Back in 1998, when Trevor and Clare Lindon were working long hours in the city, they decided they needed a beachside bolthole.

But they didn't want to spend hours in the car, so instead they drew a circle of spots within an easy 40 minutes' drive from their house, and began the search. They really had no idea what they might find.

"We drove to the end of Whangaparaoa Peninsula, and there was the last privately owned site on the sea, right next to Shakespear regional park," says Trevor. "We bought it in less than a week."

The huge property — over 1500sq m — had bush and cliffs down to the sea (access is up the road via the park or Army Bay) and a two-bedroomed 1970s cottage.


The couple and growing family (now adults, with children of their own) enjoyed the simple beach life, one son launching his fishing boat from Army Bay's ramp, Clare walking every inch of the nearby park. "It's fantastic, such an asset," she says.

By 2005, they were ready to build a proper house, subdividing the property into two sections (the front property has not been built on and is also for sale).

They wanted something they could eventually settle in for longer periods than just holidays, that could easily be opened up when the four children and their families stay (grandchildren aged from 17 to 2) or closed down when it was just them in winter.

Their brief to architect Mel Bartleet was open: a house that capitalised on the views that stretch from Rangitoto to Kawau Island, Barrier in the background, outdoor areas that provided shelter from sun or rain, a pool.

Mel's wife Trish Bartleet was commissioned to create a natural garden that complemented the native trees already on the site.

The couple wheeled in 12cu m of bark and planted dozens of shrubs and trees for the more structured planting at the front and the softer sweeps edging the back lawn.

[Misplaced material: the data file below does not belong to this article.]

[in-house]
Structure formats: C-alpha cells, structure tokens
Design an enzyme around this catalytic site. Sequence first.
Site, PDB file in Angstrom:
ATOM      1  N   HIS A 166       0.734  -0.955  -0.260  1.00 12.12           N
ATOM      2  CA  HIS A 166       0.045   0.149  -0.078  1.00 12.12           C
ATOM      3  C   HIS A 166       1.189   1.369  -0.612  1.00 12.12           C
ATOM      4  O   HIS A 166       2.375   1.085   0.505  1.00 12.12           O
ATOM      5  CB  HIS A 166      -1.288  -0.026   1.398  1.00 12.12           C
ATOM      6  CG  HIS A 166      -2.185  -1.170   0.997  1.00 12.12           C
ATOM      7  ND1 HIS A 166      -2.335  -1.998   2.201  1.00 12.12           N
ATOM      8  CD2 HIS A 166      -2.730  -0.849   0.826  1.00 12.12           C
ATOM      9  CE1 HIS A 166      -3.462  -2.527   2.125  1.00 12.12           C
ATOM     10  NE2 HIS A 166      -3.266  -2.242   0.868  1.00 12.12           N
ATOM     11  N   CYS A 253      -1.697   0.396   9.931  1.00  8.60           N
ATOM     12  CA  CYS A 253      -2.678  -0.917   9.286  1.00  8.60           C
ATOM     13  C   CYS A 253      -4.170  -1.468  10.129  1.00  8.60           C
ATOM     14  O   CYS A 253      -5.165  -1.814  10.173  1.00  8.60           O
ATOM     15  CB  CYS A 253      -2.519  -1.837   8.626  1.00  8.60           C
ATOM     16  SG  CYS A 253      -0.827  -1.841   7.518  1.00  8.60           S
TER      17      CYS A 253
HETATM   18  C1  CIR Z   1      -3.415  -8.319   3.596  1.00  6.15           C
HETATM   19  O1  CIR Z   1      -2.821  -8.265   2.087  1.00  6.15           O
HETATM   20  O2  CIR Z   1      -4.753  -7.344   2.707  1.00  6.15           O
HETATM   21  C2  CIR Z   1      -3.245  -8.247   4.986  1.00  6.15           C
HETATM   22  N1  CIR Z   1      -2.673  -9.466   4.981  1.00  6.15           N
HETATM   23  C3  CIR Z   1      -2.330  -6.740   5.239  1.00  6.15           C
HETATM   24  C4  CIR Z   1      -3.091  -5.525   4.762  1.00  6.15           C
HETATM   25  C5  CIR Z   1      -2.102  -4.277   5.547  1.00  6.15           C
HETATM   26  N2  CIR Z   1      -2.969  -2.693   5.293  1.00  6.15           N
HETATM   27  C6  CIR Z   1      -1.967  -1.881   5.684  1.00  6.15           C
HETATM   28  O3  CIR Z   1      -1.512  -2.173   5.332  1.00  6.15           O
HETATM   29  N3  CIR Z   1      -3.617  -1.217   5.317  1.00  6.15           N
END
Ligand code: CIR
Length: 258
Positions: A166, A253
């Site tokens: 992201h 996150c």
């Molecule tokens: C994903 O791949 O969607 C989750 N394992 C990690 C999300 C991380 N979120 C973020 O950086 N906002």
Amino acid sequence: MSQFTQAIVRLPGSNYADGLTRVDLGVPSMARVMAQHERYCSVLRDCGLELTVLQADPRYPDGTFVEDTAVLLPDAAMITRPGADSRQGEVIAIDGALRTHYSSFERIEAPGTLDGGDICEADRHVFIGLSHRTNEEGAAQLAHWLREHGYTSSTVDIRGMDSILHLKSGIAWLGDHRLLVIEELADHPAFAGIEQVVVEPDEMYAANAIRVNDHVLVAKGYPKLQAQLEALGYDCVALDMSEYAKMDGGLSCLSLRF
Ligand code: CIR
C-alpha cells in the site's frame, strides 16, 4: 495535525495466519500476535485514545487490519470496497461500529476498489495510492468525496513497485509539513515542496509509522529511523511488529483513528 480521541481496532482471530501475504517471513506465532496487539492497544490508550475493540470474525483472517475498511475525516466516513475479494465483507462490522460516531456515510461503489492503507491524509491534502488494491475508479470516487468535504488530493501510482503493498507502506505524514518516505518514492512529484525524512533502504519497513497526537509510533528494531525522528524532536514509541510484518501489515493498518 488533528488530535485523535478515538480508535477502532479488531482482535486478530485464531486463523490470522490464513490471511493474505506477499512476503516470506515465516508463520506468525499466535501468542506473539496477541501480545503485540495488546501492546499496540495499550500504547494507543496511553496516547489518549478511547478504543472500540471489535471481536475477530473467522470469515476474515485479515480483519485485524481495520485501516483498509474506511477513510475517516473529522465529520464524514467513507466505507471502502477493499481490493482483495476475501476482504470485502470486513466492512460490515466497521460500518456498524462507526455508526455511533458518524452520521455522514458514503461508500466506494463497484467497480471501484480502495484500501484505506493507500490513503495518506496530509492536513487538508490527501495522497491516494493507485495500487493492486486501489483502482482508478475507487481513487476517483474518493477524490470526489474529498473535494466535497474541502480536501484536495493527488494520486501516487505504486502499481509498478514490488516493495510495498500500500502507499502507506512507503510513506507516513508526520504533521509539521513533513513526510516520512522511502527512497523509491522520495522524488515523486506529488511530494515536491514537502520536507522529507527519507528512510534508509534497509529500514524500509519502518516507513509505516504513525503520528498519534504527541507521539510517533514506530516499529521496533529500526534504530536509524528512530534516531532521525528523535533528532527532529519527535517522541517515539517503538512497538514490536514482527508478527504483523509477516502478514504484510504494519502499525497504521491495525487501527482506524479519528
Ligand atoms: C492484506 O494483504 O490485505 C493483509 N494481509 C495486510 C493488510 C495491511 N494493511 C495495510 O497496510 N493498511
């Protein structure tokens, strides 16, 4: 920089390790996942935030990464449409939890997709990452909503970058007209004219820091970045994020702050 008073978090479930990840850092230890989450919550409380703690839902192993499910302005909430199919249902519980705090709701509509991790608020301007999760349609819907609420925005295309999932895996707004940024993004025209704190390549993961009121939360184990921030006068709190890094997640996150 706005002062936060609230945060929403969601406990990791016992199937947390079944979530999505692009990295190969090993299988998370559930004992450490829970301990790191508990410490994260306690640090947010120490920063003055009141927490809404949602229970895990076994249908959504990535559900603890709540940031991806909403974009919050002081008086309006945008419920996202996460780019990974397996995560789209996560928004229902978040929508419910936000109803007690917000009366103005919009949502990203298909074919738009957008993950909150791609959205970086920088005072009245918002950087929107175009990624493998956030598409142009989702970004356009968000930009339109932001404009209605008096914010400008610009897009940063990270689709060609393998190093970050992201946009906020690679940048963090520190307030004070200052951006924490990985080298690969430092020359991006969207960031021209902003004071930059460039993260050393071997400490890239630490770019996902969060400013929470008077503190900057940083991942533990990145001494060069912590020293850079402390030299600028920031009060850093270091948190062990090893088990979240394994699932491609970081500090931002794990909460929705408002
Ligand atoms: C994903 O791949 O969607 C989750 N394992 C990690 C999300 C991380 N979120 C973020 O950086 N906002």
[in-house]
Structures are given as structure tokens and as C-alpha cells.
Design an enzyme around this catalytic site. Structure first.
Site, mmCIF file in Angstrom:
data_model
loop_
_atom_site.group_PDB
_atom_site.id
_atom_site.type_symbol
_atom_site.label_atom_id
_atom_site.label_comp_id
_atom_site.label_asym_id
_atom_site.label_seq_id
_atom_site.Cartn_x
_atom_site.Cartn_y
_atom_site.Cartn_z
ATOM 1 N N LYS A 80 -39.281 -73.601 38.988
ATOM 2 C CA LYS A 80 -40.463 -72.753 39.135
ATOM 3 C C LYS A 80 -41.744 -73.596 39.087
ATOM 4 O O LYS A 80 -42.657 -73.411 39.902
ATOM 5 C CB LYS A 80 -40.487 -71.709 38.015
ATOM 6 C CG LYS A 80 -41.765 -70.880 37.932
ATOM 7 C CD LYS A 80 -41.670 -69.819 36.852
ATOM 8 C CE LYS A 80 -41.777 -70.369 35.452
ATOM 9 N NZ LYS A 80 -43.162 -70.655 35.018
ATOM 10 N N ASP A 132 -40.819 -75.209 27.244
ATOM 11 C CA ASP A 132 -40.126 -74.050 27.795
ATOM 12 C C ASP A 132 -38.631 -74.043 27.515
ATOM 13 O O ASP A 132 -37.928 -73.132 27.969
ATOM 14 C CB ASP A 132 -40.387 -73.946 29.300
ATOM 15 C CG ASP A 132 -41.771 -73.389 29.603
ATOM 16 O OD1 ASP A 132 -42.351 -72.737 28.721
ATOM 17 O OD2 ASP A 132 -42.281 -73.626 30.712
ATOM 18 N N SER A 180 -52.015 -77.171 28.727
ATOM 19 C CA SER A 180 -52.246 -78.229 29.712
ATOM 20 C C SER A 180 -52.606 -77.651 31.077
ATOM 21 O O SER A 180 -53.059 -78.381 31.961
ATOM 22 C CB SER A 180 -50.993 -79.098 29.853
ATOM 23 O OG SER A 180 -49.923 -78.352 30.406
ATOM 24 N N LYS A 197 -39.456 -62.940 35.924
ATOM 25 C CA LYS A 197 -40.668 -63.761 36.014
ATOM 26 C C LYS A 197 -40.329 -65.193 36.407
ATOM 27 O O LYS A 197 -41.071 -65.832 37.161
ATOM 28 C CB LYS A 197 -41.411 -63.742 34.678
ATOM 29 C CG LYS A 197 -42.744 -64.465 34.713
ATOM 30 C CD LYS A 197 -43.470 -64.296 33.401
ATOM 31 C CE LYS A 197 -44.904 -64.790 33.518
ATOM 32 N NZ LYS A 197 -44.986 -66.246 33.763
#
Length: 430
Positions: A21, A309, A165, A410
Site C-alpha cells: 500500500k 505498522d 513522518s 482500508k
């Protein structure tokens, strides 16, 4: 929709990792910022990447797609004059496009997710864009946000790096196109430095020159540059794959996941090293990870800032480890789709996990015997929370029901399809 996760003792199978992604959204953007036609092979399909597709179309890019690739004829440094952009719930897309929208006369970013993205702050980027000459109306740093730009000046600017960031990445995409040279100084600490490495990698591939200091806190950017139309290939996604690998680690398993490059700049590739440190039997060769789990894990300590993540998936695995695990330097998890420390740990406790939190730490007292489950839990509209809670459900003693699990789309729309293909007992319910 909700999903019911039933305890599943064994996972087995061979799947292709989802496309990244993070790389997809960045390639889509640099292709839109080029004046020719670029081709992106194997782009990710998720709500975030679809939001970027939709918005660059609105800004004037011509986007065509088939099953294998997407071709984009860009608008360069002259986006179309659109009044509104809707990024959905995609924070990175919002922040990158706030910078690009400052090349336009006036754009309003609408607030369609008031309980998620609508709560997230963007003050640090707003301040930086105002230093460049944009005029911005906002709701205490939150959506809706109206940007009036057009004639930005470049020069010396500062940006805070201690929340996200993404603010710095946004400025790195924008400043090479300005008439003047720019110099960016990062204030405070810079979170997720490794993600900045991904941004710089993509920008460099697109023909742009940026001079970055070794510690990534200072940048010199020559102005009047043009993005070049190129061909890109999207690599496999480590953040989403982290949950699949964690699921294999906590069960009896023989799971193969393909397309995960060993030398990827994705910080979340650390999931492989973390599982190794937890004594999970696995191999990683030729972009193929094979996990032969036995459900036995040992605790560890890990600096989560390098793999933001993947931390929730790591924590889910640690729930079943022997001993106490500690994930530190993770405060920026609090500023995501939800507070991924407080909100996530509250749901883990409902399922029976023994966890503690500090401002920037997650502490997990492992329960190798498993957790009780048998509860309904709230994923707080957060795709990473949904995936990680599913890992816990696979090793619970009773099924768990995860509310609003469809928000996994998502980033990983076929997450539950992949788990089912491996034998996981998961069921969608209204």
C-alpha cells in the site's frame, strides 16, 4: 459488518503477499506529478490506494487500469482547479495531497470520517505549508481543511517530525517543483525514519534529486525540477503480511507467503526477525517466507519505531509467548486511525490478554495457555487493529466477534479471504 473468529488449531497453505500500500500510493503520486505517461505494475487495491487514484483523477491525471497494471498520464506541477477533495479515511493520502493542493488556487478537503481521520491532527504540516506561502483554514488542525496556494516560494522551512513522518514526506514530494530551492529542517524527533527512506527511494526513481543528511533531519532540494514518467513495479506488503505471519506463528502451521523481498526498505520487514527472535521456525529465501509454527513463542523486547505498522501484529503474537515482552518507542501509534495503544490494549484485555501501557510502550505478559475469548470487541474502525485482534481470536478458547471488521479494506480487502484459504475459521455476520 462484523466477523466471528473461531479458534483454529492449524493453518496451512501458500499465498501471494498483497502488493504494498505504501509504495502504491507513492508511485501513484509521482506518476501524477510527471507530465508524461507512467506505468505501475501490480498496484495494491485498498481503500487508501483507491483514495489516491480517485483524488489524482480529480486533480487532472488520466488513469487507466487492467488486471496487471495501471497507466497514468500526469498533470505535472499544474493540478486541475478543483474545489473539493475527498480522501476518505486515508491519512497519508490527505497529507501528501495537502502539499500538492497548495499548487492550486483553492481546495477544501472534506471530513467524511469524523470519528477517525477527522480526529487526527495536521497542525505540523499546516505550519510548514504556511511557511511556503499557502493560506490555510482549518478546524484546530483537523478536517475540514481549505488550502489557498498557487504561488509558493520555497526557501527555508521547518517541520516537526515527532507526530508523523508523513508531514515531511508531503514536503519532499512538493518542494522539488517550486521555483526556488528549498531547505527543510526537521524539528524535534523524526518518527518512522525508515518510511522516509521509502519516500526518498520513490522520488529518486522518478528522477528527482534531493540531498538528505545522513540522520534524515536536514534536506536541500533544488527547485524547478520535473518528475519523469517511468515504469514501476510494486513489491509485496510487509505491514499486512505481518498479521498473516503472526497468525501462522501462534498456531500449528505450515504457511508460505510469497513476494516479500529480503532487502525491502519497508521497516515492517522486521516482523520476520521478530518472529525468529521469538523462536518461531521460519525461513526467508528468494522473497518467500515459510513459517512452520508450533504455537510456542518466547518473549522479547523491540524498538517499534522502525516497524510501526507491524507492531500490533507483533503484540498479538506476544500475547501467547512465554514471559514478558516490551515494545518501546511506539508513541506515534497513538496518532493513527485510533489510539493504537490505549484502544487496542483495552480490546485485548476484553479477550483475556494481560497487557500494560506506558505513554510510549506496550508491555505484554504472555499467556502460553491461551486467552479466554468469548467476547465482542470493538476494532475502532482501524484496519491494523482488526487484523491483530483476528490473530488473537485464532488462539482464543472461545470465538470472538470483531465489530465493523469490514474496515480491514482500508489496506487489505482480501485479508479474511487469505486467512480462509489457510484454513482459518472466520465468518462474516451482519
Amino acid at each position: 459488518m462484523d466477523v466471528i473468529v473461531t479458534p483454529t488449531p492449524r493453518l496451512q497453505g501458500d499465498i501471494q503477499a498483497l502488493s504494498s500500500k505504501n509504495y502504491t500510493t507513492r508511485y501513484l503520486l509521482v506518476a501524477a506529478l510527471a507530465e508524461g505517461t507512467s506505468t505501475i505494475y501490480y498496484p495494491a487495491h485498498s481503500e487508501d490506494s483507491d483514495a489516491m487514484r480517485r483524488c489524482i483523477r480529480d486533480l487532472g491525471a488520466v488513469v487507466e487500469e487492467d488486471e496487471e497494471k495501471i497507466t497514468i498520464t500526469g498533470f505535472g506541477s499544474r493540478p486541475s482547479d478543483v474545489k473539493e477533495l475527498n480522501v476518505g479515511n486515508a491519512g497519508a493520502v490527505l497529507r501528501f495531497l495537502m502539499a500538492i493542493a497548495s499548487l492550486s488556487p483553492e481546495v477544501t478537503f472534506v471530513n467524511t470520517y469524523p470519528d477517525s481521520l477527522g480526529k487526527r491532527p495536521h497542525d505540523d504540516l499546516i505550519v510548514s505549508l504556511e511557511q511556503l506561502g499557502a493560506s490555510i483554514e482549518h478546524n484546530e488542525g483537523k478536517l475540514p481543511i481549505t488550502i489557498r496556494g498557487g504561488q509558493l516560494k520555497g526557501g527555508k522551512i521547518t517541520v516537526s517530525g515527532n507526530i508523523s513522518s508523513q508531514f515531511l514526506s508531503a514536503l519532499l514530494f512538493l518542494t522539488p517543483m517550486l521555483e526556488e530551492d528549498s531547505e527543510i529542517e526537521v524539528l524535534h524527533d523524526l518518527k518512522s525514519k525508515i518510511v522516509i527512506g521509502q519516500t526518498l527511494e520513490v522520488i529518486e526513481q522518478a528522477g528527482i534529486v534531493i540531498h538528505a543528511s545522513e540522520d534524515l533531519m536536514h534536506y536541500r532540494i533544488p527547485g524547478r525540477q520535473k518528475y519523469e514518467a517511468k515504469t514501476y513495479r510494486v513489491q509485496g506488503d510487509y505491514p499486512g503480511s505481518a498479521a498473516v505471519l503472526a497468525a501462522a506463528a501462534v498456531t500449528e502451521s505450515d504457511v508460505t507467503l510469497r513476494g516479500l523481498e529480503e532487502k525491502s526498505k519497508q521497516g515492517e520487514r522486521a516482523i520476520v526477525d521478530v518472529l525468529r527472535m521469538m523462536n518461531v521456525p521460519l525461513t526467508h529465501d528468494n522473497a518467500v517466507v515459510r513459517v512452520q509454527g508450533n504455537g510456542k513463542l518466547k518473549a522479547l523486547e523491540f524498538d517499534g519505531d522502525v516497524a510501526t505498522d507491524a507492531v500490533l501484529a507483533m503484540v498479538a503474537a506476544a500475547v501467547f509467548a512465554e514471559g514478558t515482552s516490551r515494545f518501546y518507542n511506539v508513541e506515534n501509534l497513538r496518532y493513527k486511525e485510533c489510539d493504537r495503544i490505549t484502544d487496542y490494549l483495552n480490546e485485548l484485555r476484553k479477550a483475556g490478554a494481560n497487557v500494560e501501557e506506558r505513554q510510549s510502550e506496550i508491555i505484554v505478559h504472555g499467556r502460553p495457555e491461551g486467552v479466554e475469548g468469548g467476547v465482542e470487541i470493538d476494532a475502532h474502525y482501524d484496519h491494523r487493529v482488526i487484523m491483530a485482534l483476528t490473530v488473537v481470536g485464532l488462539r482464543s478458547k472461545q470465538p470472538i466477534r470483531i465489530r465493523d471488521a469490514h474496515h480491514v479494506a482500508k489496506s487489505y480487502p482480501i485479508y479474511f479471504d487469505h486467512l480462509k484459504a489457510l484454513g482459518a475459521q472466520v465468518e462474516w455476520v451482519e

Mel's pool, with a point like a boat's bow, is an infinity one, the lawn is edged with flaxes to further blur the lines with the cliff-edge bush.

The two-storey house is organised around a central double-height living room with a feature of concrete block wall and cabinets that wrap around the fireplace.

Louvred sliding walls allow the adjoining rooms — a media room to one side, the kitchen dining to the other — to be opened up or closed off, and on the upper floor bedrooms can be opened or closed to the action.

Walls of sliding glass open the living to the deck, pool and spa pool, with glass balustrades to retain those views.

A covered dining area is the prime summer spot, exceeding the couple's expectations for how easy it is to use, with people often choosing to sleep on the decks on balmy summer nights.

The back bedrooms benefit from walls of exterior louvres for privacy and sun control — curtains aren't needed in this house. Wood floors in the living rooms, tiles in the bathrooms and carpet in the bedrooms are easy care.

Bartleet's design was careful to aid air flow, with banks of opening louvres to bring in breezes when the large sliders can't be opened. In good weather, the entire ground floor is opened up for easy living between indoors and out.

The couple love the house in a storm, watching the sea and thunder.

The kitchen Mel specified was ahead of its time, with its central island bar, wall of storage, and a floating sideboard for the dining room.

The bathrooms were also detailed by the architect. And the underpinnings of the house ( piles into the ground, concrete block and tilt slab) and electronics (security system, vacuum system, Cat 5 voice and data cabling) have stood the test of time.

The couple are selling to set off in new directions, but are in two minds about letting their special place go.

"We were thinking should we or shouldn't we, but we want to go to some new places. We've had great times here," says Trevor.

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